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What is managed care?


The easiest way to define managed care is to compare it with traditional health care, the kind of health care most of us are used to. Under traditional health care, doctors and hospitals are independent of each other. Doctors and hospitals set their own fees for services. You can go to any doctor you choose and you are responsible for determining if your doctor is qualified to provide the care you need.

 

Under managed care, doctors, hospitals, as well as other health care providers agree to work together. Health networks are formed. These networks agree to provide health care services to members (you) for a set fee or price. You are encouraged to use providers who are part of the network. If you go out of the network for care you might have to pay more for health care. The network sets criteria for the selection of health care providers and also monitors the amount of care and quality of services provided to members. In other words, the network makes decisions about the qualifications and skills of the providers. The most common form of managed care is an HMO.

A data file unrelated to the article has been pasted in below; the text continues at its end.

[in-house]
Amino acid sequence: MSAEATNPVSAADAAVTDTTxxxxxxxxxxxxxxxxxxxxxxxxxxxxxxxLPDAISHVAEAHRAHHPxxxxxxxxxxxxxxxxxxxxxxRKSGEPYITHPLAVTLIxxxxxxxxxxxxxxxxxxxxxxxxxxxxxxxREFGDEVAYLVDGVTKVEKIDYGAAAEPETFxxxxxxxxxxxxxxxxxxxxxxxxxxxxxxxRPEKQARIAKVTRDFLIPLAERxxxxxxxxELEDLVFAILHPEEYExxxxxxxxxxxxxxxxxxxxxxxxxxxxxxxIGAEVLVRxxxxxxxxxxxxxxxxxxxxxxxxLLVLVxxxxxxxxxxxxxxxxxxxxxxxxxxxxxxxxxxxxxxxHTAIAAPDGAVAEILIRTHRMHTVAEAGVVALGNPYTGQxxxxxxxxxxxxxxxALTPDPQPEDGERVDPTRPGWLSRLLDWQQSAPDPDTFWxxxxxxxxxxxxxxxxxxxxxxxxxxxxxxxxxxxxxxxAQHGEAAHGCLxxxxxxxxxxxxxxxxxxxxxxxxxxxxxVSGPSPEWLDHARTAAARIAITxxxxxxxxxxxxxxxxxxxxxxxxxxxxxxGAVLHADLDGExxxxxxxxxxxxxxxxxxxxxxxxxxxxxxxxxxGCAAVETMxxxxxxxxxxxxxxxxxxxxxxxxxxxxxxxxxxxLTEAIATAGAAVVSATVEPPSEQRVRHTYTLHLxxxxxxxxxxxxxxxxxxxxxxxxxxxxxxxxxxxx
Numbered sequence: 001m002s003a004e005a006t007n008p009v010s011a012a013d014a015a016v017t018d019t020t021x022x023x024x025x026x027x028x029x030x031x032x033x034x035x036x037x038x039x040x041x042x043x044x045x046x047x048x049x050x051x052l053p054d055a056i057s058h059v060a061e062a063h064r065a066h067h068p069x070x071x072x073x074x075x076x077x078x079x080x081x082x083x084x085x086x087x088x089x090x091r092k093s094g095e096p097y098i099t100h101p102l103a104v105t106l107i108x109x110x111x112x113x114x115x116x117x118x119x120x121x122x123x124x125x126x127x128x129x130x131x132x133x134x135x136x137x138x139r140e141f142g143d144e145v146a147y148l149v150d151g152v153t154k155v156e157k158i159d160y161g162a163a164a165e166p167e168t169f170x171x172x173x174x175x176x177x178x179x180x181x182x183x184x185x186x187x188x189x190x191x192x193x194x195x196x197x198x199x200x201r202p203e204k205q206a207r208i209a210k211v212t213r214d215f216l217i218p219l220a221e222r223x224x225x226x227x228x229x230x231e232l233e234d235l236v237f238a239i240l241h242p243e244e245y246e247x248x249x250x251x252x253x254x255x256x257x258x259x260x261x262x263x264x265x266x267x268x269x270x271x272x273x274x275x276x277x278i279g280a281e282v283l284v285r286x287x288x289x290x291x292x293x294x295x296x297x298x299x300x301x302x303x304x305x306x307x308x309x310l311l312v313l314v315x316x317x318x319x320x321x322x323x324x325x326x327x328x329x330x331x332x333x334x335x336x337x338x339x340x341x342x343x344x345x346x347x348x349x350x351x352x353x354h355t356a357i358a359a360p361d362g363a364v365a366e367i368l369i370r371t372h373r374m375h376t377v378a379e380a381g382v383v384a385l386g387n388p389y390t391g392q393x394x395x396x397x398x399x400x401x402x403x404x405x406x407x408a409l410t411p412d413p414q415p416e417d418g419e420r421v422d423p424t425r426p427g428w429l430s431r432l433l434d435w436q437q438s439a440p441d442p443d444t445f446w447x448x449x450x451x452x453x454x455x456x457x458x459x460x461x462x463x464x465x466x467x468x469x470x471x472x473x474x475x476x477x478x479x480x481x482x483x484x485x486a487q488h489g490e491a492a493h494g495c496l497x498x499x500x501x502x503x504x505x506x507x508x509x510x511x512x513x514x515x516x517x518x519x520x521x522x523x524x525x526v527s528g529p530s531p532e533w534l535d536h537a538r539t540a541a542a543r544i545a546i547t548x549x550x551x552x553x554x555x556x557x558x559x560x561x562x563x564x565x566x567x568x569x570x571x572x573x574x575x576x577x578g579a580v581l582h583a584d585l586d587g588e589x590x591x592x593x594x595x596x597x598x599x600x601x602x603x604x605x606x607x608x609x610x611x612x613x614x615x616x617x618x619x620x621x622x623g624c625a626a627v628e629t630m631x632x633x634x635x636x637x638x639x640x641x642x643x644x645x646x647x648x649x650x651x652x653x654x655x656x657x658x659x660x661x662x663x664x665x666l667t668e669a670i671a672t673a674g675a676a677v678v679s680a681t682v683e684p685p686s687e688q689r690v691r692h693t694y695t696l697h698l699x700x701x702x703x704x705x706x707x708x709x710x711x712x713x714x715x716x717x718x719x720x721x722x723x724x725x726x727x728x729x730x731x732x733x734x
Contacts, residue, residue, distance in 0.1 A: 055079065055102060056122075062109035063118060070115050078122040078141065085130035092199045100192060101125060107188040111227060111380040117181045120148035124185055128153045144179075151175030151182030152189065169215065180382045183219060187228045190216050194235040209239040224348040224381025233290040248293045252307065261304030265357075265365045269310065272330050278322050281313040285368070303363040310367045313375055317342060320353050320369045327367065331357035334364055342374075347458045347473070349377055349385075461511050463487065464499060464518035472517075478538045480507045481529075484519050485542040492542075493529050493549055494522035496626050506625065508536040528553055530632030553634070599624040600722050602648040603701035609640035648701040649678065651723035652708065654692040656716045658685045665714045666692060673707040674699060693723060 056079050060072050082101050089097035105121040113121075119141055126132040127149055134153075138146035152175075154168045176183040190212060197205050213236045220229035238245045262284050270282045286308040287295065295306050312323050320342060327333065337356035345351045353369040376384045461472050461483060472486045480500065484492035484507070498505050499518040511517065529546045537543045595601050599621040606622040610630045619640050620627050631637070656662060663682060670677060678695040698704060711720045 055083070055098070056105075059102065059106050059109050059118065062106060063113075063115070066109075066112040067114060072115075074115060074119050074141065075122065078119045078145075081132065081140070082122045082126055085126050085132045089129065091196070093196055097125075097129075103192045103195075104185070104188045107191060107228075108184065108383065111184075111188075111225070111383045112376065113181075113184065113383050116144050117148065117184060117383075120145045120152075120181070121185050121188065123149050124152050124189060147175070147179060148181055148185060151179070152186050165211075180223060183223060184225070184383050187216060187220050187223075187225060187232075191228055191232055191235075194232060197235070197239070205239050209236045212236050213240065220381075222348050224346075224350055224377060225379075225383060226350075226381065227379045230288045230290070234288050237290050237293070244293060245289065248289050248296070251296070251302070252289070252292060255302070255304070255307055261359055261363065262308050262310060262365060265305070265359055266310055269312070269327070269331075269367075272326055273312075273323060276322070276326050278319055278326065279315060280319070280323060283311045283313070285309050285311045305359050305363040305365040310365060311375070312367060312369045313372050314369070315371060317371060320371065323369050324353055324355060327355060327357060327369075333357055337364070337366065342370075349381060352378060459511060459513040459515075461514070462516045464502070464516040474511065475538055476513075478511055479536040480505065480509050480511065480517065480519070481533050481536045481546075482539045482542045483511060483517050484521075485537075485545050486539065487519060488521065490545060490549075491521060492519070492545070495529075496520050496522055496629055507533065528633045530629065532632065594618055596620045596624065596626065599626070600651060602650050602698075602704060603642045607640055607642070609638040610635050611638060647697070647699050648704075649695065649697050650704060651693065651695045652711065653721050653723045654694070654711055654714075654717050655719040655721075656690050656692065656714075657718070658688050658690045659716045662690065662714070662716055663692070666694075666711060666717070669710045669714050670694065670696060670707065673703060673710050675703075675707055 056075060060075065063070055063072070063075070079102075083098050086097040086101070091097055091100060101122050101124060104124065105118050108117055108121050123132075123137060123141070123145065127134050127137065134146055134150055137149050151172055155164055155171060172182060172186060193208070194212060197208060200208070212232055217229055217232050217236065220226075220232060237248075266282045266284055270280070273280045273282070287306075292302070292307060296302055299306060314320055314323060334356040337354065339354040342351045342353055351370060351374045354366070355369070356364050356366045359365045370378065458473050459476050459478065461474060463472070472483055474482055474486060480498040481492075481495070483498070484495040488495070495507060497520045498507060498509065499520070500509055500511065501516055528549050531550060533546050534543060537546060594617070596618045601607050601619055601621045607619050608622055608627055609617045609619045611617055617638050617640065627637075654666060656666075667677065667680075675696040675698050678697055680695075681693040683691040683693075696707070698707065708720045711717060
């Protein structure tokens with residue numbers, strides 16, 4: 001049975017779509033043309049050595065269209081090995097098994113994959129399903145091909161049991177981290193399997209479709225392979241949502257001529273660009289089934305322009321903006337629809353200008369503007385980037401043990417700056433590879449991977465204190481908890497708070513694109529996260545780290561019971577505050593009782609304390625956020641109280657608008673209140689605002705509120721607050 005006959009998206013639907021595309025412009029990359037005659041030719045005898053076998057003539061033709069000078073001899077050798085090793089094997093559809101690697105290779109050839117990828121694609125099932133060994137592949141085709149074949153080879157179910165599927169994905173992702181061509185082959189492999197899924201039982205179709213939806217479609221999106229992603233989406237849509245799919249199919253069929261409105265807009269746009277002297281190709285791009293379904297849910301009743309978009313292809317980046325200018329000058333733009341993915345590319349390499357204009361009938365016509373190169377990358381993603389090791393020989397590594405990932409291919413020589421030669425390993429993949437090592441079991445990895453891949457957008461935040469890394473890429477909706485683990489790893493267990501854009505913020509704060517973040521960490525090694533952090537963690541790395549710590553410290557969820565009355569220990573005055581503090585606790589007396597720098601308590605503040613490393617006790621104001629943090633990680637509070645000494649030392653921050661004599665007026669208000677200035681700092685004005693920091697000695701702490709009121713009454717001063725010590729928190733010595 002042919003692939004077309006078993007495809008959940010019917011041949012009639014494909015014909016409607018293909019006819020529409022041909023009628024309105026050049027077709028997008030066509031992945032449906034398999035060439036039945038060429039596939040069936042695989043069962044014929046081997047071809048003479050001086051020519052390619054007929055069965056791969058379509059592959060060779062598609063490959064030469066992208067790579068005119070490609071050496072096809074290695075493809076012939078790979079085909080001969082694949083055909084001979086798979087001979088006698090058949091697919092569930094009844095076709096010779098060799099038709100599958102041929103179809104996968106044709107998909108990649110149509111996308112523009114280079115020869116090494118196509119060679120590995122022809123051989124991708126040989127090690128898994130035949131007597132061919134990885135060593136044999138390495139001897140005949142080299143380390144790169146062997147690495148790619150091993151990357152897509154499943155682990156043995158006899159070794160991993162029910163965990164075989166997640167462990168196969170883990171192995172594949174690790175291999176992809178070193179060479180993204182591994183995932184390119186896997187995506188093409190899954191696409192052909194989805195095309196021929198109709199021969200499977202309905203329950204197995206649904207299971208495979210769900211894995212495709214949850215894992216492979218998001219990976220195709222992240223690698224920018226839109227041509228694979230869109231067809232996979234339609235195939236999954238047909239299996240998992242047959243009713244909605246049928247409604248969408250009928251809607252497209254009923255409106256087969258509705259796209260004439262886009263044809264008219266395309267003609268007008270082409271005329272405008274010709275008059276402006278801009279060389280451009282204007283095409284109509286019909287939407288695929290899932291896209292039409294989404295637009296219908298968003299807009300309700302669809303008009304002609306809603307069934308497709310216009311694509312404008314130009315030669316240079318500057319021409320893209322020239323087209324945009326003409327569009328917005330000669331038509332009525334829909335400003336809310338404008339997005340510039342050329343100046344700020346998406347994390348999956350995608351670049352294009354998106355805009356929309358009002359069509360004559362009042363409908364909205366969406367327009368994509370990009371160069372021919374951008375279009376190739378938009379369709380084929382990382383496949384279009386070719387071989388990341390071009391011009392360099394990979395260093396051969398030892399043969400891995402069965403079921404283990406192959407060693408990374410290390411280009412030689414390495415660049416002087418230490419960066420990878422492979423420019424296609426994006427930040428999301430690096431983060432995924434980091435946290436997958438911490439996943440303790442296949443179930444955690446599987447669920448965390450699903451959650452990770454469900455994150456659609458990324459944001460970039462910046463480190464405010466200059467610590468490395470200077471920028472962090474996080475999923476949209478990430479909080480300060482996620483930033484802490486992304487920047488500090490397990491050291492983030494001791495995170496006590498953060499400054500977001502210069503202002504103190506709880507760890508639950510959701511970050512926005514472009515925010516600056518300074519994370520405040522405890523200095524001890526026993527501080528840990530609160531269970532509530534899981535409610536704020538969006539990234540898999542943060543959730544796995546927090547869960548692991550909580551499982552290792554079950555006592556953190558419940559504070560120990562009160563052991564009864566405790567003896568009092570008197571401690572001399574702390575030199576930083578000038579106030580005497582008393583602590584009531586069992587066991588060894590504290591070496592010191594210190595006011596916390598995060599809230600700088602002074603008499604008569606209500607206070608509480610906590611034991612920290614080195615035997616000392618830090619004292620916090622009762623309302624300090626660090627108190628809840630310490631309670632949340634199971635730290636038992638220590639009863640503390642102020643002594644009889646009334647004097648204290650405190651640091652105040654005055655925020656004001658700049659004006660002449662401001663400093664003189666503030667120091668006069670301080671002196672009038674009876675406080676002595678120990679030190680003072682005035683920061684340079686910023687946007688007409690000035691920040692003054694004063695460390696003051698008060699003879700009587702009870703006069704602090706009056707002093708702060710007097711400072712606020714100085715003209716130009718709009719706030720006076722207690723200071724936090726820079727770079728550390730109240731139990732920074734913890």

Gail Carlson, MPH Ph.D., Continuing Medical Education, School of Medicine, University of Missouri-Columbia






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Last update: Wednesday, November 26, 2008

 

 

 


 
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